Friday, 13 January 2017
Thursday, 8 December 2016
Wednesday, 9 November 2016
For new readers: I was very bearish on the economy when I started this blog in 2005 - back then I wrote mostly about housing (see: LA Times article and more here for comments about the blog). I predicted a recession in 2007, and then I started looking for the sun in early 2009, and I've been fairly positive since then (although I expected a sluggish recovery).
I've also been optimistic about next year (2017), with most economic indicators improving - more jobs, lower unemployment rate, rising wages and much more - and with more room to run for the current expansion. Also the demographics in the U.S. are becoming more favorable (see here for more on improving demographics).
Now Mr. Trump has been elected President. How does that change the outlook?
In the long term, there is little or no change to the outlook. The future is still bright! Although I'm concerned about the impact of global warming.
In the short term, there is also no change (Mr Obama will be President until January, and it takes time for new policies to be implemented).
The intermediate term might be impacted. The general rule is don't invest based on your political views, however it is also important to look at the impact of specific policies.
I will probably disagree with most of Mr. Trump's proposals for both normative reasons (different values), and for positive reasons (because Mr. Trump rejects data that doesn't fit his view - and that is not good).
With Mr. Trump, no one knows what he will actually do. He has said he'd "build a wall" along the border with Mexico, renegotiate all trade deals, cut taxes on high income earners, repeal Obamacare and more. As an example, repealing the ACA - without a replacement - would lead to many millions of Americans without health insurance. And those with preexisting conditions would be uninsurable. This seems politically unlikely (without a replacement policy), but it is possible.
Since Trump is at war with the data (he rejects data that doesn't fit his views), I don't expect evidence based policy proposals - and that almost always means bad results. However bad results might mean higher deficits with little return - not an economic downturn. Until we see the actual policy proposals, it is hard to predict the impact. I will not predict a recession just because Trump is elected. In fact, additional infrastructure spending might give the economy a little boost over the next year or two. On the other hand, deporting 10+ million people would probably lead to a recession. We just have to wait and see what is enacted.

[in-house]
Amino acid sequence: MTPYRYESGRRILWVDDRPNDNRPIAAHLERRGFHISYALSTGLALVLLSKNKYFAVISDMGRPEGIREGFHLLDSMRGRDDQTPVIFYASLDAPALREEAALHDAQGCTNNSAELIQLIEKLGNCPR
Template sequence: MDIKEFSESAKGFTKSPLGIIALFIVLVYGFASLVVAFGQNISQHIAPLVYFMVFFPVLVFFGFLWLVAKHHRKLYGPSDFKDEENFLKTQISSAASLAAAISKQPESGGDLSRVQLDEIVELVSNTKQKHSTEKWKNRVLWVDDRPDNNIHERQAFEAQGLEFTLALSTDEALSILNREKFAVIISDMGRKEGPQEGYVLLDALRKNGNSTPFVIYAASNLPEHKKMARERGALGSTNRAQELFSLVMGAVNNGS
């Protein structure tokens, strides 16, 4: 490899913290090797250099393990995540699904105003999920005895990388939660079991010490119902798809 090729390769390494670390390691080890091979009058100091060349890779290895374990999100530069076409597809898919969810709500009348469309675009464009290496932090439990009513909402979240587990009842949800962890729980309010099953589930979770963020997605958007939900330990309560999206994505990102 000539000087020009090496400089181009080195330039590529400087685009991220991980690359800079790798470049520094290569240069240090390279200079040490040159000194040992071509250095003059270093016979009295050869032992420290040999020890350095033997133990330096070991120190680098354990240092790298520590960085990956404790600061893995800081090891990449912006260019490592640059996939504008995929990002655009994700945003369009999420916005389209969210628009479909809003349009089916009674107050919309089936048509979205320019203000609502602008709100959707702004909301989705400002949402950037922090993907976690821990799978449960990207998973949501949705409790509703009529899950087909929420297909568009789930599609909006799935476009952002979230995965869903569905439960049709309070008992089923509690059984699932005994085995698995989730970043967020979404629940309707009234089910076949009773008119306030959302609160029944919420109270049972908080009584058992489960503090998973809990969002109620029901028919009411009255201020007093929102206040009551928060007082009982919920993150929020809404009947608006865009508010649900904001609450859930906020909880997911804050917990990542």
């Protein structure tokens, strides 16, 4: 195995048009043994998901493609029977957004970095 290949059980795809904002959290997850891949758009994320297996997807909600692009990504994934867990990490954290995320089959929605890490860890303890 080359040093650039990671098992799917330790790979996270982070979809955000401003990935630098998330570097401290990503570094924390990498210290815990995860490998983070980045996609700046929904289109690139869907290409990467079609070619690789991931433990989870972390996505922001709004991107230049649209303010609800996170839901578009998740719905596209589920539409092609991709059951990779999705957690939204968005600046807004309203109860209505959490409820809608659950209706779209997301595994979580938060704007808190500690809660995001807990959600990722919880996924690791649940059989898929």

In conclusion: The future is still bright, but there might be a storm passing through.
If you were burned in 2008, the last time the housing bubble burst, you’re probably (and understandably!) gun-shy about jumping into the housing market again — especially if you think your local area could be experiencing another bubble. If you buy during a bubble, overpaying for your home, you might be forced to sell for […]
Denise Supplee and her husband, Jerry, had been in their new home in Horsham, PA, for just three months when they started to notice something strange in their bathroom. “You could see mold starting to seep through the paint,” says Denise, a co-founder and director of operations of SparkRental.com. “We had a contractor come in […]
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From Dodge Data & Analytics: Dodge Momentum Index Moves Higher in October
The Dodge Momentum Index grew 4.1% in October to 133.6 from its revised September reading of 128.3 (2000=100). The Momentum Index is a monthly measure of the first (or initial) report for nonresidential building projects in planning, which have been shown to lead construction spending for nonresidential buildings by a full year. October’s gain nearly reversed the loss in September, and returns the Momentum Index to the rising trend that began earlier in the year. The commercial component of the Momentum Index rose 6.1% in October, and is 20% above last year. This suggests that despite being in a more mature phase of the building cycle, commercial construction has room for further growth in the coming months. The institutional component of the Momentum Index increased 1.4% in the month, and is now 10% higher than one year ago.Click on graph for larger image.
This graph shows the Dodge Momentum Index since 2002. The index was at 133.6 in October, up from 128.3 in September.
According to Dodge, this index leads "construction spending for nonresidential buildings by a full year". In general, this suggests further increases in CRE spending over the next year.
Inventory was up 1.0% year-over-year in October. This was the eighth consecutive month with a YoY increase in inventory, following fifteen consecutive months of YoY declines in Phoenix.
The Arizona Regional Multiple Listing Service (ARMLS) reports (table below):
1) Overall sales in October were up 12.6% year-over-year.
2) Cash Sales (frequently investors) were down to 21.0% of total sales.
3) Active inventory is now up 1.0% year-over-year.
More inventory (a theme in 2014) - and less investor buying - suggested price increases would slow sharply in 2014. And prices increases did slow in 2014, only increasing 2.4% according to Case-Shiller.
In 2015, with falling inventory, prices increased a little faster - Prices were up 6.3% in 2015 according to Case-Shiller.
Now inventory is increasing a little again, and - if this trend continues in Phoenix - price increases will probably slow in Phoenix. According to Case-Shiller, prices in Phoenix are up 2.7% through August (about a 4.0% annual rate) - slower than in 2015.
|October Residential Sales and Inventory, Greater Phoenix Area, ARMLS|
|1 October 2008 probably includes pending listings|